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Applied Time Series Econometrics

Applied Time Series Econometrics

$57.00 (P)

Part of Themes in Modern Econometrics

Helmut Lütkepohl, Jörg Breitung, Ralf Brüggemann, Helmut Herwartz, Timo Teräsvirta, Rolf Tschernig, Markus Krätzig
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  • Date Published: August 2004
  • availability: Available
  • format: Paperback
  • isbn: 9780521547871

$ 57.00 (P)
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About the Authors
  • Time series econometrics is used for predicting future developments of variables of interest such as economic growth, stock market volatility or interest rates. A model has to be constructed, accordingly, to describe the data generation process and to estimate its parameters. Modern tools to accomplish these tasks are provided in this volume, which also demonstrates by example how the tools can be applied.

    • The treatment includes methodological advances on the subject matter in a particularly cohesive fashion
    • Emphasizes applications in economics and finance and goes through a number of empirical studies in some detail
    • The user friendly software JMulTi is provided to supplement the text which may be used in advanced coursework
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    Product details

    • Date Published: August 2004
    • format: Paperback
    • isbn: 9780521547871
    • length: 352 pages
    • dimensions: 229 x 152 x 20 mm
    • weight: 0.49kg
    • contains: 69 b/w illus. 38 tables
    • availability: Available
  • Table of Contents

    Preface
    Notation and abbreviations
    List of contributors
    Part I. Initial Tasks and Overview Helmut Lütkepohl:
    1. Introduction
    2. Setting up an econometric project
    3. Getting data
    4. Data handling
    5. Outline of chapters
    Part II. Univariate Time Series Analysis Helmut Lütkepohl:
    6. Characteristics of time series
    7. Stationary and integrated stochastic processes
    8. Some popular time series models
    9. Parameter estimation
    10. Model specification
    11. Model checking
    12. Unit root tests
    13. Forecasting univariate time series
    14. Examples
    15. Where to go from here
    Part III. Vector Autoregressive and Vector Error Correction Models Helmut Lütkepohl:
    16. Introduction
    17. VARs and VECMs
    18. Estimation
    19. Model specification
    20. Model checking
    21. Forecasting VAR processes and VECMs
    22. Granger-causality analysis
    23. An example
    24. Extensions
    Part IV. Structural Vector Autoregressive Modelling and Impulse Responses Jörg Breitung, Ralf Brüggemann and Helmut Lütkepohl:
    25. Introduction
    26. The models
    27. Impulse response analysis
    28. Estimation of structural parameters
    29. Statistical inference for impulse responses
    30. Forecast error variance decomposition
    31. Examples
    32. Conclusions
    Part V. Conditional Heteroskedasticity Helmut Herwartz:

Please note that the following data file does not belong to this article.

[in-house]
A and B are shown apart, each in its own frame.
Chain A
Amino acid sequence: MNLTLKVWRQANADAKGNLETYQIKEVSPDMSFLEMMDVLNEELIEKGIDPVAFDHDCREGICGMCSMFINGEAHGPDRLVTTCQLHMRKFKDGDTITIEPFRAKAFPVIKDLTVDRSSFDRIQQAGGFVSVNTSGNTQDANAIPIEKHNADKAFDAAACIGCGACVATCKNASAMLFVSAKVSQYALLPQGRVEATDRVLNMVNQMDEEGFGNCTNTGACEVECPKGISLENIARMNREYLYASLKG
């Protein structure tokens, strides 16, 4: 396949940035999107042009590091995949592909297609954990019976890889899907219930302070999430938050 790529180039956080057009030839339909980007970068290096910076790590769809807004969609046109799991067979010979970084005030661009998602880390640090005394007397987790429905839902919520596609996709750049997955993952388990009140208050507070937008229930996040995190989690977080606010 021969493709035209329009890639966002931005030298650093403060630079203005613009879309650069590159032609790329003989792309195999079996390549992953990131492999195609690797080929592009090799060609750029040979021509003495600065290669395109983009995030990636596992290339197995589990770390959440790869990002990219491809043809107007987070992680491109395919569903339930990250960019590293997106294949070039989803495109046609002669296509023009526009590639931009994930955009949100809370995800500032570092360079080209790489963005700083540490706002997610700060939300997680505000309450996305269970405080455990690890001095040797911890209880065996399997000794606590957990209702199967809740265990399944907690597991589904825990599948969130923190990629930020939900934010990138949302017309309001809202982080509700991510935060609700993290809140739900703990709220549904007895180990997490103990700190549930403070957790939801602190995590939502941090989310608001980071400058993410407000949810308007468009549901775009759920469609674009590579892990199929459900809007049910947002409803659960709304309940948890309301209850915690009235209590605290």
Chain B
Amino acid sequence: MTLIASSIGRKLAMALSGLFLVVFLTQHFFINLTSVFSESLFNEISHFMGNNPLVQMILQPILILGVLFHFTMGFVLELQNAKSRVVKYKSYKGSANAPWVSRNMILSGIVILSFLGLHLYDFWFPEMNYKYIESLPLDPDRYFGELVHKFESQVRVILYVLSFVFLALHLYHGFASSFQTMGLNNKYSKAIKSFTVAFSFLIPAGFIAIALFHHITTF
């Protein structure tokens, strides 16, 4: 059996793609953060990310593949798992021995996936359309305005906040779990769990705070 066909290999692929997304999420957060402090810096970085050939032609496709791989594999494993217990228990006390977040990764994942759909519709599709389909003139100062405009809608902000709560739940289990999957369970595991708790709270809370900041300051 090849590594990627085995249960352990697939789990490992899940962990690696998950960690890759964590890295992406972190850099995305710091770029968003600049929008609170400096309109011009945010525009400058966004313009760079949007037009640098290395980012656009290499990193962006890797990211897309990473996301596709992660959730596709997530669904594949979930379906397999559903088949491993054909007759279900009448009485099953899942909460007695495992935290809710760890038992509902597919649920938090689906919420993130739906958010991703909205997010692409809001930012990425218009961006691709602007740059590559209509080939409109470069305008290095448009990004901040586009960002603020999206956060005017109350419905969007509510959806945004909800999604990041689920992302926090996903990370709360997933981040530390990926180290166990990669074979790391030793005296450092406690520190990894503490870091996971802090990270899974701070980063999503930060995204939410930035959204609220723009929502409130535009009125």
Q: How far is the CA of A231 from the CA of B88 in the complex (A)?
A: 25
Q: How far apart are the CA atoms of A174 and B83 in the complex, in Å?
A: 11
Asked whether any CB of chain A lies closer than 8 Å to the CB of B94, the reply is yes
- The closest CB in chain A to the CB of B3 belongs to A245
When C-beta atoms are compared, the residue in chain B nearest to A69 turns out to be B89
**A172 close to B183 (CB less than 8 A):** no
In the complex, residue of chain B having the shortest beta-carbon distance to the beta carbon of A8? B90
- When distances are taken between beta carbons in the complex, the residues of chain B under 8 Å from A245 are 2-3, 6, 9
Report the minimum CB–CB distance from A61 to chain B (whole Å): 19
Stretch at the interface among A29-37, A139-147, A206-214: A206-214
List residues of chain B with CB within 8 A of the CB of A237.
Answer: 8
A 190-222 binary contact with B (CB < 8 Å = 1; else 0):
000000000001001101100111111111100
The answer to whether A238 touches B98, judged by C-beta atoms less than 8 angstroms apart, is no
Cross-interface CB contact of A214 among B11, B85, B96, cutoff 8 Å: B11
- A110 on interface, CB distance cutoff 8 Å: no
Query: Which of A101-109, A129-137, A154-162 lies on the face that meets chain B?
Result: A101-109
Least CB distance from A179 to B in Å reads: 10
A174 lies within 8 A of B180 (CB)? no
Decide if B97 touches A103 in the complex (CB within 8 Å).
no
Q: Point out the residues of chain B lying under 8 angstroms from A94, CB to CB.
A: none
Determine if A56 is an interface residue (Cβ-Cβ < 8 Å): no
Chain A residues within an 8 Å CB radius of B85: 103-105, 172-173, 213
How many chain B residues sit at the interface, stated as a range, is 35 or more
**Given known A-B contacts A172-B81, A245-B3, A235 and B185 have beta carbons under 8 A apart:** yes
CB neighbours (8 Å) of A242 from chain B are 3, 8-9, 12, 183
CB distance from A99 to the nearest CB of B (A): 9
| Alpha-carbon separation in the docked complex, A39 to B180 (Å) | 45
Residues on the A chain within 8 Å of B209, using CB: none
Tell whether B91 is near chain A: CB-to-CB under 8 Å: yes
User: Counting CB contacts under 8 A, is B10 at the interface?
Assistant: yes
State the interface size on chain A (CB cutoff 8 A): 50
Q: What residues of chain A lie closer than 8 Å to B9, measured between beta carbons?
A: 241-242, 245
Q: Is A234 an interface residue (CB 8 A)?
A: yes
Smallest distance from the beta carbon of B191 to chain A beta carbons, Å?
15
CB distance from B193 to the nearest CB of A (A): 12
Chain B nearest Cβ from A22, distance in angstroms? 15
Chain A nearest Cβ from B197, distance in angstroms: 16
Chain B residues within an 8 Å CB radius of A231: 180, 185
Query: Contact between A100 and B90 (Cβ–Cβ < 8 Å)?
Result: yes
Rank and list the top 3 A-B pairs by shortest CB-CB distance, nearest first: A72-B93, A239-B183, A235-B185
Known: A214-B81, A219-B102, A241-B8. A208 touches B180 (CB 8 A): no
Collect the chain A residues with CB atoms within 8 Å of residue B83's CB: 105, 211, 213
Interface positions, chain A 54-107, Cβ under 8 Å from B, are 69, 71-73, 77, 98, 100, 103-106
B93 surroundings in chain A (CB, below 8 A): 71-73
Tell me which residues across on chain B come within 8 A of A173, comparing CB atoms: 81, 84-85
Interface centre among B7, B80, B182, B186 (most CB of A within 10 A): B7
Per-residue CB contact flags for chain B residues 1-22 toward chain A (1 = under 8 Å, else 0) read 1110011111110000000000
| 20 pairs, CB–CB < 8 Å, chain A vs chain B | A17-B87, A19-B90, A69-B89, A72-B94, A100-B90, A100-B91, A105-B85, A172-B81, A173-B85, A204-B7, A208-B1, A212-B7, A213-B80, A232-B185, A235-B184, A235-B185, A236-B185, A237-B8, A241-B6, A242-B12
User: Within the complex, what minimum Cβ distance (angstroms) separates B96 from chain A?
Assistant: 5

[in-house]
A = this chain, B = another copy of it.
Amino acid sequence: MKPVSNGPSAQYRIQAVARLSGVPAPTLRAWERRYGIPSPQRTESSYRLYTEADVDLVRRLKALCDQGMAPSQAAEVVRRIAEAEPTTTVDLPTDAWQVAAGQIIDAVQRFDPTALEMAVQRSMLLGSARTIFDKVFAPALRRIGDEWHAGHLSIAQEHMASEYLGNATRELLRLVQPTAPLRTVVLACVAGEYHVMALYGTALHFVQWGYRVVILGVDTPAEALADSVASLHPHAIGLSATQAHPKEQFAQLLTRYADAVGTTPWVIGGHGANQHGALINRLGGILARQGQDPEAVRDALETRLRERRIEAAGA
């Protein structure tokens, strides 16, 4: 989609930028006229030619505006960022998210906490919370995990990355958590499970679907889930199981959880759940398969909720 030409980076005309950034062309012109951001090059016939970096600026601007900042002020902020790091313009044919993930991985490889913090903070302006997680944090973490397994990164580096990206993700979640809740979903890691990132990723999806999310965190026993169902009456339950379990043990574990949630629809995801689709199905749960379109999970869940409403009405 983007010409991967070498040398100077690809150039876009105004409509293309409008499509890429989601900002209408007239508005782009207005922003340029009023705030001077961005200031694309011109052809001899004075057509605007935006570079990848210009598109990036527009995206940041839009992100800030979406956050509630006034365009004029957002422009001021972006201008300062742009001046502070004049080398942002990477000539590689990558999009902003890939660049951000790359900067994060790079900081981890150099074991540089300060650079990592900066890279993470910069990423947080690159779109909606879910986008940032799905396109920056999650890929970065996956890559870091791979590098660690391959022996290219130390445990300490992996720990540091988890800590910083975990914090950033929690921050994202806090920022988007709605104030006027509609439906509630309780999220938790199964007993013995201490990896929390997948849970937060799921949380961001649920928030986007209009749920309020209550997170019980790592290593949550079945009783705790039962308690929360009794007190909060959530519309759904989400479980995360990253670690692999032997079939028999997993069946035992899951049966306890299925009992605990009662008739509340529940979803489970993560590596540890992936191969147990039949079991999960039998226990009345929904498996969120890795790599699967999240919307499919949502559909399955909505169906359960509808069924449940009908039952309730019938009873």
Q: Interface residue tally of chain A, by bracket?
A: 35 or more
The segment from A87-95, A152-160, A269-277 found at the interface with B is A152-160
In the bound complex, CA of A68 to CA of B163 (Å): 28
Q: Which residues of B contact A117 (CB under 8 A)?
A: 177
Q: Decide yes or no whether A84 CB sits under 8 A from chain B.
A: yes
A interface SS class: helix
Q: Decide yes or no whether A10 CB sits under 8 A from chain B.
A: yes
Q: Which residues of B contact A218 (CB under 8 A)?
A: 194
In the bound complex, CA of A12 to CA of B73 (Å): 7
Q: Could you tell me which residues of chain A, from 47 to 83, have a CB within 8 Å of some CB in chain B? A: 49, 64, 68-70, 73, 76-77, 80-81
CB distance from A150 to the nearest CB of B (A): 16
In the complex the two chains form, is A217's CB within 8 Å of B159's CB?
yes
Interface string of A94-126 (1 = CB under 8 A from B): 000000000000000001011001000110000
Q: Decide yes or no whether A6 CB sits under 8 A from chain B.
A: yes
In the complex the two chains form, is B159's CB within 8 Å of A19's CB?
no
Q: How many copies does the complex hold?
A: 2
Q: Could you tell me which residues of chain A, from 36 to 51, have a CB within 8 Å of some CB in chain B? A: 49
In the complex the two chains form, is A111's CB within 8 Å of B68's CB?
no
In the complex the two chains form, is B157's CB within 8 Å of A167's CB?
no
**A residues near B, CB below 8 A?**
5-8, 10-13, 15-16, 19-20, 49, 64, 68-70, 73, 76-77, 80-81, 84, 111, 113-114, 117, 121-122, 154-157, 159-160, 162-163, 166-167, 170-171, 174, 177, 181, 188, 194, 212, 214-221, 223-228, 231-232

33. Stylized facts of empirical price processes
    34. Univariate GARCH models
    35. Multivariate GARCH models
    Part VI. Smooth Transition Regression Modelling Timo Teräsvirta:
    36. Introduction
    37. The model
    38. The modelling cycle
    39. Two empirical examples
    40. Final remarks
    Part VII. Nonparametric Time Series Modelling Rolf Tschernig:
    41. Introduction
    42. Local linear estimation
    43. Bandwidth and lag selection
    44. Diagnostics
    45. Modelling the conditional volatility
    46. Local linear seasonal modelling
    47. Example I: average weekly working hours in the United States
    48. Example II: XETRA dax index
    Part VIII. The Software JMulTi Markus Krätzig:
    49. Introduction to JMulTi
    50. Numbers, dates and variables in JMulTi
    51. Handling data sets
    52. Selecting, transforming and creating time series
    53. Managing variables in JMulTi
    54. Notes for econometric software developers
    55. Conclusion
    References
    Index.

  • Editors

    Helmut Lütkepohl, European University Institute, Florence
    Helmut Lütkepohl is Professor of Economics at the European University Institute in Florence, Italy. He is on leave from Humboldt University Berlin where he has been Professor of Econometrics in the Faculty of Economics and Business Administration since 1992. He had previously been Professor of Statistics at the University of Kiel (1987–1992) and the University of Hamburg (1985-1987) and was Visiting Assistant Professor at the University of California, San Diego (1984-85). Professor Lütkepohl is Associate Editor of Econometric Theory, the Journal of Applied Econometrics, Macroeconomic Dynamics, Empirical Economics and Econometric Reviewa. He has published extensively in learned journals and books and is author, co-author and editor of a number of books in econometrics and time series analysis. Professor Lütkepohl is the author of Introduction to Multiple Time Series Analysis (1991) and a Handbook of Matrices (1996). His current teaching and research interests include methodological issues related to the study of nonstationary, integrated time series and the analysis of the transmission mechanism of monetary policy in the Euro area.

    Markus Krätzig, Humboldt-Universität zu Berlin
    Markus Krätzig is a doctoral student in the Department of Economics at Humboldt University, Berlin.

    Contributors

    Helmut Lütkepohl, Jörg Breitung, Ralf Brüggemann, Helmut Herwartz, Timo Teräsvirta, Rolf Tschernig, Markus Krätzig

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